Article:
Three The Hard Way

Rounding out the rotation are righthander Tim McClaskey and lefhander Brian Mazone, giving the Phillies three lefties to work with.

McClaskey, 29, is no stranger to the upper levels of the minors, having spent parts of the last four seasons at either Double-A or Triple-A with the Athletics and Astros. He spent the bulk of last season with Corpus Christi in the Texas League, going 8-10, 3.33 in 160 innings.

Mazone, 28, adds veteran leadership to the rotation after pitching at Double-A Norwich last season. Mazone found his way back to pro ball in 2003 in the Brewers organization before signing with independent Joliet. The Giants picked him up in 2004 and he finished last season with the Navigators, going 11-8, 3.10.

"What these guys bring is balance and experience to a very young Double-A rotation," Arbuckle said. "And they need some other brains to pick. They need positive influences and they are two pitchers who can provide that as they continue on the path."

As for the three prospects, Mathieson is perhaps the biggest sponge of the bunch.

"I take in everything from everywhere about the game," he said. "I'm always trying to learn new things, new edges in this game. Coaches and veteran pitchers are the best avenue of doing that. They've been around and you respect that. Anyone who has been around this game offers something to the younger guys."



Eastern Agendas

• One name that will be familiar to Eastern League fans this summer is Altoona infielder Simon Pond. Pond, 29, first broke into the EL in 1998 with Harrisburg and spent most of last season in Bowie before signing a minor league deal with the Pirates during the offseason. The Canada native hit .266-19-75 for the Baysox last season.

• Also returning to the Curve is righthander Matt Peterson, who hasn't lived up to expectations since coming over from the Mets in the Kris Benson deal in 2004. Peterson, 24, went 11-9, 5.51 in 144 innings with Altoona last season and followed that up with 0-4, 10.71 numbers in the Arizona Fall League. He allowed a whopping 32 hits in 21 AFL innings and the Pirates hope he can turn it around in his third straight Double-A season. "Pete just hasn't regained the velocity he had when we traded for him--he's been inconsistent," Pirates farm director Brian Graham said. "At some point, it's got to click in, but we just haven't found the right button to push. He's been 86-88 (mph) and we're talking about a guy who was consistently 93 at one point. If we knew the answer we'd get it fixed. Two or three different pitching coaches have taken a shot at him and it hasn't worked yet."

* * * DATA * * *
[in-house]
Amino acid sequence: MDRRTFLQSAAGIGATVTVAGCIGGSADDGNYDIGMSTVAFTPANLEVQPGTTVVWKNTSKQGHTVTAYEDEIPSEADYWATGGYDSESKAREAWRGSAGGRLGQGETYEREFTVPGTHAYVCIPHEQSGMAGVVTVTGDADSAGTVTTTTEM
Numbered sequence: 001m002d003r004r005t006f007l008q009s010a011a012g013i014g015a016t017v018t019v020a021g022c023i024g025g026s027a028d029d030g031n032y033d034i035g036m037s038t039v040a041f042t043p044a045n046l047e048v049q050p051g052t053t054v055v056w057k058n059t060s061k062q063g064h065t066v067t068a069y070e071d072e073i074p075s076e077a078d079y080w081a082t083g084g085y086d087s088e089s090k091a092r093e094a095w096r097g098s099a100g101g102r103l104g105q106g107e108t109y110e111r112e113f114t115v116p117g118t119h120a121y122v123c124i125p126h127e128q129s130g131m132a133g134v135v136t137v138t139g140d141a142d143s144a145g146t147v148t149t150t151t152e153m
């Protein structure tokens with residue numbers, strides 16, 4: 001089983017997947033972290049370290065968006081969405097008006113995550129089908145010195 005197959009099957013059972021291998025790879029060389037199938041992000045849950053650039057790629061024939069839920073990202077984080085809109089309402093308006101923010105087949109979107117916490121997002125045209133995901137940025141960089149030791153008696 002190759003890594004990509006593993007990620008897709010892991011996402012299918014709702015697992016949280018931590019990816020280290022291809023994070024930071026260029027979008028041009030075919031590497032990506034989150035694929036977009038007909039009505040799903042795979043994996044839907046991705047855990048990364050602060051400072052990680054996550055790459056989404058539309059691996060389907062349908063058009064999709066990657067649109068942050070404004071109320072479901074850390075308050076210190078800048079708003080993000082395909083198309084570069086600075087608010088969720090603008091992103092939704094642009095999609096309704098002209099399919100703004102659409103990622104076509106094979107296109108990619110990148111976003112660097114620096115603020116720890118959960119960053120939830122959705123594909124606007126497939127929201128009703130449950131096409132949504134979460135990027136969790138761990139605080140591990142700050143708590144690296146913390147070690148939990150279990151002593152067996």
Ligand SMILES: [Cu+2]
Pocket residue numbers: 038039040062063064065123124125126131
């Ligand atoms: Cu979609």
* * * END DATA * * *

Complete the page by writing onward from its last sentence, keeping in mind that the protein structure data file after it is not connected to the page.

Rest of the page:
Southern Accents

• Most of Jacksonville's 2005 championship team has moved on to Triple-A Las Vegas, but the Suns will boast one of the Dodgers' best prospects in outfielder Matt Kemp. Kemp tore up the Florida State League last season, hitting .306-27-90 in 418 at-bats. The sixth-round pick in 2003 followed that up with a strong AFL season, batting .383-3-16 in 94 at-bats. He's a big guy that can run and we're going to keep him in center field until he plays himself off it," Dodgers vice president of scouting and player development Roy Smith said. "He looks fine out there, shows good instincts. I think he can, but if he doesn't, that's OK. He's going to hit for enough power."

Texas Leaguers

• As the season gets under way, the performance of Arkansas shortstop Brandon Wood will be under the microscope. Wood, who mashed 58 homers last year between high Class A and the AFL will now experience Double-A pitching for the first time in his career.

"A lot of eyes will be on him to see how he adjusts," a scout with an American League club said. "But with his bat speed and plane to the ball, I don't see a problem with him making the necessary adjustments as he starts to see more offspeed pitches.

"It'll still be interesting, though. Anytime a guy like that comes on the scene at such a young age, you want to see him against better competition."